And The Oscar Goes To The Cove: A Film That Highlights Reckless Slaughter (VIDEO) | Civil Eats

And The Oscar Goes To The Cove: A Film That Highlights Reckless Slaughter (VIDEO)

If it’s true that you can judge a nation by how it treats its most vulnerable members, then unfortunately for Japan, it may be no better than the U.S., when it comes to its treatment of animals. The Cove, a riveting documentary about the nation’s barbaric slaughter of dolphins, reveals the dark underbelly of a culture better known for its love of tradition, civility, and sushi. Now the Oscar winner for “Best Documentary,” The Cove beat out Food, Inc. (reviewed on Civil Eats), a contender for this year’s category as well. While Food, Inc. offers a sweeping panoramic view of America’s broken food system, bringing to light the detrimental costs of cheap food seen in our nation’s grocery stores, factory farms and cornfields, The Cove succeeds by expertly focusing on a single event in a remote Japanese village.
Through the lens of former National Geographic photographer, Louie Psihoyos, we witness the annual slaughter of more than 20,000 dolphins in an isolated cove located in a national park in Taiji, Japan.

One of the great successes of Psihoyos’s film is its element of suspense, as the camera crew shadows renowned dolphin expert, Richard O’Barry, while he tries to gain entry into the well-guarded cove. The brisk cat and mouse drama is gripping, as O’Barry and his crew elude local police officers, petty bureaucrats and Japanese fishermen, who harass them as they move closer to the protected waters where the annual killings take place.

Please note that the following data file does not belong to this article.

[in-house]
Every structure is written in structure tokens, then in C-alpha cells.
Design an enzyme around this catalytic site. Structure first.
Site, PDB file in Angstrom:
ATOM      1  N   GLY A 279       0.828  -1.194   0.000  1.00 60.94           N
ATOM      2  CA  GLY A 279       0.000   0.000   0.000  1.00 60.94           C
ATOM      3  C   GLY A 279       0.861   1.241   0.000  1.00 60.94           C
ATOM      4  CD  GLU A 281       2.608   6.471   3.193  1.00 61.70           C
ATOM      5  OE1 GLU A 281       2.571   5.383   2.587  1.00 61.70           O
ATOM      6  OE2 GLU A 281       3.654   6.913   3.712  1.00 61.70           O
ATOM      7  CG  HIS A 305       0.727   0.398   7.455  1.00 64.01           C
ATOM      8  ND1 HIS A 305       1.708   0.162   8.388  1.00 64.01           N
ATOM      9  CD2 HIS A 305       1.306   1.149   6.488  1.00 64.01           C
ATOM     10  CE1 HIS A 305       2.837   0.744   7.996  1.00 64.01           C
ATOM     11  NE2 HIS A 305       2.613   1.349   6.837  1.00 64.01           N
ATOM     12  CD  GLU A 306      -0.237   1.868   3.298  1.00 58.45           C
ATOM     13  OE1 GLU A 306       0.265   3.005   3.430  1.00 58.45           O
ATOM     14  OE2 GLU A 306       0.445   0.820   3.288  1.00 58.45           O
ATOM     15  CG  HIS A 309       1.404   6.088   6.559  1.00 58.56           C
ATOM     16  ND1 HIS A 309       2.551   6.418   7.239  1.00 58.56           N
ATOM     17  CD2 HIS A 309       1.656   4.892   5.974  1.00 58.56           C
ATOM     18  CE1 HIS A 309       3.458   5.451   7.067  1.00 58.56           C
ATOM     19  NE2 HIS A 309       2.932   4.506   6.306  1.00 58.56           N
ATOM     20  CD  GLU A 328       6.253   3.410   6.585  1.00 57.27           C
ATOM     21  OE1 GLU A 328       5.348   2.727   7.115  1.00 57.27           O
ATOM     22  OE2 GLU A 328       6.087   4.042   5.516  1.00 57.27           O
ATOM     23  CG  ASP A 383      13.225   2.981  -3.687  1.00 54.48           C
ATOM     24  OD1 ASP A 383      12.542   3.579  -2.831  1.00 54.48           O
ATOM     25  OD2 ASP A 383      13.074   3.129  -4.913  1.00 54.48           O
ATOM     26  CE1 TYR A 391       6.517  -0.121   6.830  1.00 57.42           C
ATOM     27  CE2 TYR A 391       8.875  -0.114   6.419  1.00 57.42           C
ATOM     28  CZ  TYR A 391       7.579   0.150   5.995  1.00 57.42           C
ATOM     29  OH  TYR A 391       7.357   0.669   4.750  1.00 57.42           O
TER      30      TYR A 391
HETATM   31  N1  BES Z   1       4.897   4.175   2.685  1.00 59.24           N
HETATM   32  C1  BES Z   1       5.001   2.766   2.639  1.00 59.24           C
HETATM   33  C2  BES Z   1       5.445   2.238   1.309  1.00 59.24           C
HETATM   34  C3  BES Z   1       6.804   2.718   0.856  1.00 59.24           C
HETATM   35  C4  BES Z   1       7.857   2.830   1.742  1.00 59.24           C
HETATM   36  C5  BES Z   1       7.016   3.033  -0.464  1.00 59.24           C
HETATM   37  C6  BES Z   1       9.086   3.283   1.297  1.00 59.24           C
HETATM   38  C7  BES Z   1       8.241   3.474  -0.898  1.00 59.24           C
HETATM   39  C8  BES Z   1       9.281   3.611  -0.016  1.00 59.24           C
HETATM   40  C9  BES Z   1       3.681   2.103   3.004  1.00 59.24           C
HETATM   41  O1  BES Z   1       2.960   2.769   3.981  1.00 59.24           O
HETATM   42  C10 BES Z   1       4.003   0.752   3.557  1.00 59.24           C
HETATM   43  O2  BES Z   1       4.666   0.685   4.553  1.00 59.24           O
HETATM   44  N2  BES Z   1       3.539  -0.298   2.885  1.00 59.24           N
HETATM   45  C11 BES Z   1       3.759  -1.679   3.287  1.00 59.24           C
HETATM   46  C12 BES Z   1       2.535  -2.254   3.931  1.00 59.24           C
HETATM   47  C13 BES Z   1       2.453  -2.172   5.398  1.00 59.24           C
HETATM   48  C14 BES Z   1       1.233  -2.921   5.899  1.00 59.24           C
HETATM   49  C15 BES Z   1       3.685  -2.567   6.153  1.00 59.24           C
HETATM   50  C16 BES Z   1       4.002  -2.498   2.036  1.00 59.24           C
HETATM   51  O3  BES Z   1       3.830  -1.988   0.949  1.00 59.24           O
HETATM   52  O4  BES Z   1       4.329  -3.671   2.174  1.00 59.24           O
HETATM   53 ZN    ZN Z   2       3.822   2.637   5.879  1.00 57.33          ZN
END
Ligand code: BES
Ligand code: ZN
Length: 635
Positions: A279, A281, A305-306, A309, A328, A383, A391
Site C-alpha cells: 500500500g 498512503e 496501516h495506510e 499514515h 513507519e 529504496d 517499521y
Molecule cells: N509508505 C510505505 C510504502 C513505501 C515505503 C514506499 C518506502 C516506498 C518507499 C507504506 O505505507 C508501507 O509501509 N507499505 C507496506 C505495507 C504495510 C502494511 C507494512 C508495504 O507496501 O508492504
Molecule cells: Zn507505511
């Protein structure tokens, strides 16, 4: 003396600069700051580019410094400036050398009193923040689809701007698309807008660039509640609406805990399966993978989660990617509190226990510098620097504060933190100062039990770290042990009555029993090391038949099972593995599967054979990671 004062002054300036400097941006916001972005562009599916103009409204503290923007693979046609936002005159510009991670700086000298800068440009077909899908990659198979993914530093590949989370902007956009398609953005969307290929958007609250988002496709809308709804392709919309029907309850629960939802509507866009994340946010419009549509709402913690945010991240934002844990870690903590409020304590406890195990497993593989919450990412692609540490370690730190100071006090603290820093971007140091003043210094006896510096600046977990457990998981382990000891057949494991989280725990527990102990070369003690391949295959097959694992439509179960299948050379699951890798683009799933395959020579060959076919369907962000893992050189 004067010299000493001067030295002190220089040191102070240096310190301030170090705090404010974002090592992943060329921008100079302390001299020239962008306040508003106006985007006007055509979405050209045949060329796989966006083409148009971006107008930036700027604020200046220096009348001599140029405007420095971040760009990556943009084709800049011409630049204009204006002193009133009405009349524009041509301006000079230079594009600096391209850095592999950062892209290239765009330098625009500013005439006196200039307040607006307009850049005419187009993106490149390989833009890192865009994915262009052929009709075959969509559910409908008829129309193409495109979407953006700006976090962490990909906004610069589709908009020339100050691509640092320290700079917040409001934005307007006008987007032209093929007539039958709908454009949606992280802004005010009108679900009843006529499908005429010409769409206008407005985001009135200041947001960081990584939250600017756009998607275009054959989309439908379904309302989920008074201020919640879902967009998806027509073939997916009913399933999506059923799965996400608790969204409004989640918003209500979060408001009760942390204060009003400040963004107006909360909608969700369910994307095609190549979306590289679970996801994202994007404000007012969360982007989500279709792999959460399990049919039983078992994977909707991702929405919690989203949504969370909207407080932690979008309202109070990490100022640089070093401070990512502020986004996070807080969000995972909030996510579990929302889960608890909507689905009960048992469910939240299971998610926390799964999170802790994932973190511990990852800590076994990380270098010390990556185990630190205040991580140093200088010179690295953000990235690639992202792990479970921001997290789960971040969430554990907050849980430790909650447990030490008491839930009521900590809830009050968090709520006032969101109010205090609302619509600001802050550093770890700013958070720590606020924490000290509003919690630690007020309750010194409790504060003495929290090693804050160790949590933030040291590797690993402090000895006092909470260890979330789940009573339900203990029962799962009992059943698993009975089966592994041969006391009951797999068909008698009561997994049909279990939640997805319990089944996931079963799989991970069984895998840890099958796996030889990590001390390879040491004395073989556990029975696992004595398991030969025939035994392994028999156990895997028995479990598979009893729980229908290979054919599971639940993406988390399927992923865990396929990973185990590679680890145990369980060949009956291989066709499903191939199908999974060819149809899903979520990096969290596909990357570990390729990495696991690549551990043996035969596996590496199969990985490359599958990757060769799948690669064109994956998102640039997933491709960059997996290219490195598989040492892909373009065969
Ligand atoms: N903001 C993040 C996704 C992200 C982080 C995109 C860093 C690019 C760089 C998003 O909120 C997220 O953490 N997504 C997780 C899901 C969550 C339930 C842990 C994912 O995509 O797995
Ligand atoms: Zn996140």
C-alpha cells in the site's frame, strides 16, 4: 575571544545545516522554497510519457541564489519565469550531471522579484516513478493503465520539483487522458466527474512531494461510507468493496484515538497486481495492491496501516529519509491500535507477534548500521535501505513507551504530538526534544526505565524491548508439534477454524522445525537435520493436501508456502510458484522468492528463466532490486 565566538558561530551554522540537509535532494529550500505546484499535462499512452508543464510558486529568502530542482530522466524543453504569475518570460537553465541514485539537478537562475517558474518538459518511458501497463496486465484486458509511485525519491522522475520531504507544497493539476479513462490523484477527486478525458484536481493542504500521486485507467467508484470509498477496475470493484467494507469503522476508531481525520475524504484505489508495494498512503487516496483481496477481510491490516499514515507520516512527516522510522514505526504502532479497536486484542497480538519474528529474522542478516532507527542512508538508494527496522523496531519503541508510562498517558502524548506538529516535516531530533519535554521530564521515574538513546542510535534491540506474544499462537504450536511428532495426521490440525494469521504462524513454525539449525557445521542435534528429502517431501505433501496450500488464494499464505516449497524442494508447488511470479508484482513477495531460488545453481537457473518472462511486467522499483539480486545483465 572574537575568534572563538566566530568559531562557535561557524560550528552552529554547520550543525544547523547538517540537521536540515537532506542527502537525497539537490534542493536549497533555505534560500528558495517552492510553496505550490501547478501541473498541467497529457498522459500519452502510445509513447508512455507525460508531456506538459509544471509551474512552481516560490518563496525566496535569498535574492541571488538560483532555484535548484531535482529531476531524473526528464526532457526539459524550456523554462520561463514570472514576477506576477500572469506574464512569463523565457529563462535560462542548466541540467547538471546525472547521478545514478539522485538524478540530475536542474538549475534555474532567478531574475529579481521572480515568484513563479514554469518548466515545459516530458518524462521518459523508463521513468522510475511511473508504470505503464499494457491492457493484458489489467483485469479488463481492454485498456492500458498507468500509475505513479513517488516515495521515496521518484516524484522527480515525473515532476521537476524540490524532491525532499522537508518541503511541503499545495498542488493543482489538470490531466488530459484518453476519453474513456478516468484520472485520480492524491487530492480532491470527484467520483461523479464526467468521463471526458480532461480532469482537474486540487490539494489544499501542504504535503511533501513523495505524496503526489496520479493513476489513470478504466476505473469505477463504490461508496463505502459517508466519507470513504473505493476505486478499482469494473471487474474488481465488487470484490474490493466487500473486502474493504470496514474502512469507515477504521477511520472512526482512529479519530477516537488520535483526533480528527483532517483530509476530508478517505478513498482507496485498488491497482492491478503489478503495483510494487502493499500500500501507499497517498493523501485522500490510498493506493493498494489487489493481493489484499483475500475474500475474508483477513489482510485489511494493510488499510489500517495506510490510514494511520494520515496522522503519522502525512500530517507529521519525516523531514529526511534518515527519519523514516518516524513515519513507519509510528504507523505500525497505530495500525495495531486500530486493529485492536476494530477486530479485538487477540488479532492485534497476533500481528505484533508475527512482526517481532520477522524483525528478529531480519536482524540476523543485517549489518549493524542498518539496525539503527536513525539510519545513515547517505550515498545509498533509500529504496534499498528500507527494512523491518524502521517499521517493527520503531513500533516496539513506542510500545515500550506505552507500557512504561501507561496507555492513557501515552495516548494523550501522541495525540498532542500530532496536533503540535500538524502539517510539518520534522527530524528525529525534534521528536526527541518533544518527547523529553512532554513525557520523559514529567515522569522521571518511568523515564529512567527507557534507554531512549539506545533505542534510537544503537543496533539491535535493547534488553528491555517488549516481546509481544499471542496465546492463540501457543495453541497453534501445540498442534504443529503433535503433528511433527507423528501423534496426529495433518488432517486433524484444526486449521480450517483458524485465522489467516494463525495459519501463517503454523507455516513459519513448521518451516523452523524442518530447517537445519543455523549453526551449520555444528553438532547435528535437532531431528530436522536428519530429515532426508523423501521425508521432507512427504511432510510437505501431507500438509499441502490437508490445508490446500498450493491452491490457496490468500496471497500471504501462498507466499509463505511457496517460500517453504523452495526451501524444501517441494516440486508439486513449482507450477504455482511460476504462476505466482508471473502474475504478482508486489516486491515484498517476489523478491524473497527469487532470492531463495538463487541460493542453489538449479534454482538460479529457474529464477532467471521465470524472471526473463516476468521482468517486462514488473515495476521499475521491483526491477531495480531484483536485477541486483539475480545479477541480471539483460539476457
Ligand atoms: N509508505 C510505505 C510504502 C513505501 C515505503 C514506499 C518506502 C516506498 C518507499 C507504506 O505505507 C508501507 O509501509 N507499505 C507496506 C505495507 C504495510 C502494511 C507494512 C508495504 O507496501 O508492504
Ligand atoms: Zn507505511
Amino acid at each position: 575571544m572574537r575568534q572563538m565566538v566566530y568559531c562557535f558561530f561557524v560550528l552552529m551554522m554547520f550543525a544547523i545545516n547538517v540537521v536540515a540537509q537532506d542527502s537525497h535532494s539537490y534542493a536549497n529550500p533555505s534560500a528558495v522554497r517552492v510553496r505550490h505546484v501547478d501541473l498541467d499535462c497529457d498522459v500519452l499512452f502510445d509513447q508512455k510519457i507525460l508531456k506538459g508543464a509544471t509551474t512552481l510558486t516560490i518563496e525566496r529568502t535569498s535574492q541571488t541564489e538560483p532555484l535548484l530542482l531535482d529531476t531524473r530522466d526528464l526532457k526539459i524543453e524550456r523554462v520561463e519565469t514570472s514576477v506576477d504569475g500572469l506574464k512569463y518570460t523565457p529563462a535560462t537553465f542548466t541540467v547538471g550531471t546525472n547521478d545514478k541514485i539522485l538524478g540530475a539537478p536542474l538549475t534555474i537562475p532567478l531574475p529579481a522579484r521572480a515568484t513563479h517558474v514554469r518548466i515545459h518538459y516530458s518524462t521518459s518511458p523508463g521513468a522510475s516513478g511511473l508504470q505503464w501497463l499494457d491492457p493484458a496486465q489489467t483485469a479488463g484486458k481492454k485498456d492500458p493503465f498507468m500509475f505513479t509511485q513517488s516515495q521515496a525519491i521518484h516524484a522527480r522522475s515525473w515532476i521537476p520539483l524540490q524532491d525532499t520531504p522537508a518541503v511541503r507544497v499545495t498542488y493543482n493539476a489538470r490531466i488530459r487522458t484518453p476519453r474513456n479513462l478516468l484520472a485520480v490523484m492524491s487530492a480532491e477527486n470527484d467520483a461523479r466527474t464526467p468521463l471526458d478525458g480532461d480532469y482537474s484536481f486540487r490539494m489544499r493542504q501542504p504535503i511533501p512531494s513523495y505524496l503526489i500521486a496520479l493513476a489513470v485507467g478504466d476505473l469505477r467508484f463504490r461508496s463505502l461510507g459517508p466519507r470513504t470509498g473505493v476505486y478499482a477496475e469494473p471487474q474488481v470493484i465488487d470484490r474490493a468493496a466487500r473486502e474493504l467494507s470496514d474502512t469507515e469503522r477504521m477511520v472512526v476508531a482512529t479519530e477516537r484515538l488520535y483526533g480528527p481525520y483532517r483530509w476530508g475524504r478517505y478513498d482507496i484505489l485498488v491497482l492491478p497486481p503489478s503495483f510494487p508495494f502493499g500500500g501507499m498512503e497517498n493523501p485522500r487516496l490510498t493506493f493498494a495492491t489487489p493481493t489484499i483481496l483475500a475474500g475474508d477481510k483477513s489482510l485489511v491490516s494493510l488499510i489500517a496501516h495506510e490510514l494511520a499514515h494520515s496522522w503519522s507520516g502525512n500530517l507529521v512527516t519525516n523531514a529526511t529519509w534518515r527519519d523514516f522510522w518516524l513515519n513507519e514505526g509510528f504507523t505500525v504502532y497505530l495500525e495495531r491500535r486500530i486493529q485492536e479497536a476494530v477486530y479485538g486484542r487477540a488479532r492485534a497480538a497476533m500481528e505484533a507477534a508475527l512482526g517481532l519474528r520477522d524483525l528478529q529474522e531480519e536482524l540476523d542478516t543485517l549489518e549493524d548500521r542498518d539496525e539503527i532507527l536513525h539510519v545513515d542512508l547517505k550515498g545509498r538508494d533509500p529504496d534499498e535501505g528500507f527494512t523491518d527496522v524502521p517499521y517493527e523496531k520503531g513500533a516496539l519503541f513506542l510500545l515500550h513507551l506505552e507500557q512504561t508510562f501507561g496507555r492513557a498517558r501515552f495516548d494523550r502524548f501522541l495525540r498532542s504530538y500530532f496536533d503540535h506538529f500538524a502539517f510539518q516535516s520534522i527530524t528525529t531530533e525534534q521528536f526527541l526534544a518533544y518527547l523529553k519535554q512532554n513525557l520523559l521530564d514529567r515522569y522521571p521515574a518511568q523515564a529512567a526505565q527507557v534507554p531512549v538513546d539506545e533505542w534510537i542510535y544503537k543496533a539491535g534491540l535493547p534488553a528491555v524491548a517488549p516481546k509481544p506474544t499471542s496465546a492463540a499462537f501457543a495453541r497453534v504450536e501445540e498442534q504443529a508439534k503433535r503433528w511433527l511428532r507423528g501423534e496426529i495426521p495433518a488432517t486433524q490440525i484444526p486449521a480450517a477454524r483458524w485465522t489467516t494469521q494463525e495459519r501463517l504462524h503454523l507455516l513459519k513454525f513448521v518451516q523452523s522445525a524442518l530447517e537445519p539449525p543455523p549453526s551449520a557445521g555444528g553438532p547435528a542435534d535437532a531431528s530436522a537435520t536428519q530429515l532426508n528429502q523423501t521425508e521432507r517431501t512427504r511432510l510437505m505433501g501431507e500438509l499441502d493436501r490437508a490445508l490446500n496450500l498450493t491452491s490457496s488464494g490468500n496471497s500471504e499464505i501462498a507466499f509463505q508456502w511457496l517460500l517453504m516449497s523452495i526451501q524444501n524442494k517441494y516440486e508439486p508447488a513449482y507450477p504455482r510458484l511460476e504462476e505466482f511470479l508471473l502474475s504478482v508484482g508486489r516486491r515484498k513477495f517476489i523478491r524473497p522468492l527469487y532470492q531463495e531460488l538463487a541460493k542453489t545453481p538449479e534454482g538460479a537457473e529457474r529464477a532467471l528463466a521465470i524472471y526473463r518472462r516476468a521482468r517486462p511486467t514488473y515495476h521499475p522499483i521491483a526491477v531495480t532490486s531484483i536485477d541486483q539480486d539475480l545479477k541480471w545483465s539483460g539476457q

O’Barry became famous in the 1960s for capturing and training dolphins in the beloved TV show, Flipper. Airing from 1964 to 1967, the show became an instant classic and was likened to “an aquatic Lassie,” focusing on the clever hijinks of a bottlenose dolphin named Flipper. While the show introduced a generation of American children to the playful intelligence of dolphins, the untimely death of one of the five captured female dolphins, Kathy, led O’Barry to become an activist. O’Barry launched into a career to free dolphins from captivity, as the dolphin showcasing industry was just beginning to take off as an entertainment attraction.

In The Cove, O’Barry leads Psihoyos and his camera crew around Taiji, in a frantic race to expose the truth about dolphin abuse and capture it on film. He explains how the rise of SeaWorld, dolphin shows, and dolphin swim parks, have created an expensive niche market for the sale of these prized animals—selling for as much as $150,000 each. Taiji, Japan is ground zero for both the capture and slaughter of these beautiful mammals.

In the cover of darkness, O’Barry sneaks around the cove with the film crew, as they place hidden cameras in this secretive zone.
 When all is said and done, these daring filmmakers capture the horrifying scene of Japanese fisherman impaling dolphins, turning the waters red with blood and filling the cove with the eerie cry of dolphins, desperate to escape death.